Ireland Seek Expansion as EU Milk Quota Unravels

IRELAND - The planned dismantling of the EU milk quota system will open up new opportunities for Irish milk producers to expand.
calendar icon 27 November 2008
clock icon 3 minute read

The Teagasc National Dairy Conference in Cork heard how Ireland is one of just six countries in Western Europe that is expected to be able to expand milk production in line with the quota increases agreed as part of the CAP ‘health check’.

Preben Mikkelsen, a Danish dairy and food consultant, told dairy farmers at the conference today, Wednesday, 26 November, that the structure of milk production in Ireland is a major challenge to expansion, and that the Irish dairies have to combine to be competitive.

He also said that it is essential to establish an efficient quota allocation system, without restrictions, to allow the structure of milk production to improve. Preben Mikkelson was positive about the future demand for dairy products pointing out that consumption in the European Union is expected to increase by the equivalent of 8 million tonnes of milk by 2014, while global demand is expected to increase by 2.5% per annum.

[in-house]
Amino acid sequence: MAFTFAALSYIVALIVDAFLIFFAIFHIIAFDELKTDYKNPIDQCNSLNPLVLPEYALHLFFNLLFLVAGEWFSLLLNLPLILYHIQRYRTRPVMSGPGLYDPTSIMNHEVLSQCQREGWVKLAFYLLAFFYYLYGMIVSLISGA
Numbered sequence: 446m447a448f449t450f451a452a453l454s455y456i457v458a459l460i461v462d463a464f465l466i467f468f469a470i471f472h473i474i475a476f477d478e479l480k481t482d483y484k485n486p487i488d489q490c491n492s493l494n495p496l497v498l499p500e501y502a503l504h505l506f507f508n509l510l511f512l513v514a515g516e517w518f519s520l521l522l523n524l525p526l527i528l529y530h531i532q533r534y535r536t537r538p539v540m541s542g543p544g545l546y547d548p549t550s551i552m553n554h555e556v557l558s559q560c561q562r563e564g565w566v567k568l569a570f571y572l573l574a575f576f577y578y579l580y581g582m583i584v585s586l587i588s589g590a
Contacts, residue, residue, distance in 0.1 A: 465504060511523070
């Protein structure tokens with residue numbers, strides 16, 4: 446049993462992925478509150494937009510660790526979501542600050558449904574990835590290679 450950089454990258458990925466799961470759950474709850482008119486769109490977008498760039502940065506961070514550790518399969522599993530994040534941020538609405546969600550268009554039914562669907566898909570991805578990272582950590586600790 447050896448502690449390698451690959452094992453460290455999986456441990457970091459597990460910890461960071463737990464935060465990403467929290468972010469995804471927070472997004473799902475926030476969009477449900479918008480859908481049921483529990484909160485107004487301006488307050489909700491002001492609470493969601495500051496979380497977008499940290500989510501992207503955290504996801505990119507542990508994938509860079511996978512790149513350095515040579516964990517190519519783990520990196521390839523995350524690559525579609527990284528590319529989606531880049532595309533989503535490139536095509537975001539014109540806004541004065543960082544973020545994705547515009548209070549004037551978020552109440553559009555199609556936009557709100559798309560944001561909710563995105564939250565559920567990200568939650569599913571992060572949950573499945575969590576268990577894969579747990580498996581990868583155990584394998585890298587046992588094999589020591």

Speaking at the National Dairy Conference, Teagasc Director Professor Gerry Boyle said that milk price volatility is now a fact of life due to the reduction in market supports. But he said that Teagasc research has shown that with ‘best management practices ‘expansion can be profitable. He said that farmers will need to implement strategies to deal with price volatility if expansion in milk production is contemplated. Relentless cost containment will be a critical element of any strategy. Professor Gerry Boyle said that even looking at a conservative expansion scenario of a 23 per cent increase in quota by 2020, it could add €750 million to Ireland’s GNP.

Dairy farmer, Shane Fitzgerald from Ballynoe, Co. Cork outlined his strategy to control milk production costs on his farm. His goal is to put in place a low cost milk production system that will leave a profit margin, even in periods of low milk price. In 2008, Shane Fitzgerald estimates that his feed and fertilizer costs will be down by €62 per cow, yielding a saving of €7,440 for his 120 cow herd. This cost saving was achieved at a time when the price of both feed and fertilizer increased compared to the previous year, and was due to increasing the amount of grazed grass in the cow’s diet and by utilizing slurry to reduce artificial fertilizers usage.

Teagasc Dairy researcher, Pardaig French said that farmers with low milk production costs can expect to achieve a good return on investment from increasing output using grass based systems with low capital investment in depreciating assets. He advised producers who can produce milk at less than 15 cent per litre common costs to consider expanding, while his advice for producers with common costs over 20 cent per litre to focus on adopting technologies to reduce costs in order to increase farm income.

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